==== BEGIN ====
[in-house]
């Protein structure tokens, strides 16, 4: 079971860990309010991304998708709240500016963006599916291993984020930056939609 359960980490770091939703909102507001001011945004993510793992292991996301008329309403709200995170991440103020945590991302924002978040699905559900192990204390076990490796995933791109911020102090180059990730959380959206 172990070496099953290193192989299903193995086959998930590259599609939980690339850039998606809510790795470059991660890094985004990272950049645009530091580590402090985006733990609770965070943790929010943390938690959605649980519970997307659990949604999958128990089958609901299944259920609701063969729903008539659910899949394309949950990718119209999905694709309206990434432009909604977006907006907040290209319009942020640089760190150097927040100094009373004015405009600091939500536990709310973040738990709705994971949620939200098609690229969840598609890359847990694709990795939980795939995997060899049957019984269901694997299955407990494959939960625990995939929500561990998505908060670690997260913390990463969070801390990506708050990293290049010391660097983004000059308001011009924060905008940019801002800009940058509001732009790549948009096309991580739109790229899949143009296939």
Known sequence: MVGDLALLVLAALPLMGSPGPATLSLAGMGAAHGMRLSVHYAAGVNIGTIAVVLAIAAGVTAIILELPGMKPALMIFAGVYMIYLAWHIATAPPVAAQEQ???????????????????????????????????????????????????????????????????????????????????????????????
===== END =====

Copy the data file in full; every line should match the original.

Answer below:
[in-house]
């Protein structure tokens, strides 16, 4: 079971860990309010991304998708709240500016963006599916291993984020930056939609 359960980490770091939703909102507001001011945004993510793992292991996301008329309403709200995170991440103020945590991302924002978040699905559900192990204390076990490796995933791109911020102090180059990730959380959206 172990070496099953290193192989299903193995086959998930590259599609939980690339850039998606809510790795470059991660890094985004990272950049645009530091580590402090985006733990609770965070943790929010943390938690959605649980519970997307659990949604999958128990089958609901299944259920609701063969729903008539659910899949394309949950990718119209999905694709309206990434432009909604977006907006907040290209319009942020640089760190150097927040100094009373004015405009600091939500536990709310973040738990709705994971949620939200098609690229969840598609890359847990694709990795939980795939995997060899049957019984269901694997299955407990494959939960625990995939929500561990998505908060670690997260913390990463969070801390990506708050990293290049010391660097983004000059308001011009924060905008940019801002800009940058509001732009790549948009096309991580739109790229899949143009296939």
Known sequence: MVGDLALLVLAALPLMGSPGPATLSLAGMGAAHGMRLSVHYAAGVNIGTIAVVLAIAAGVTAIILELPGMKPALMIFAGVYMIYLAWHIATAPPVAAQEQ???????????????????????????????????????????????????????????????????????????????????????????????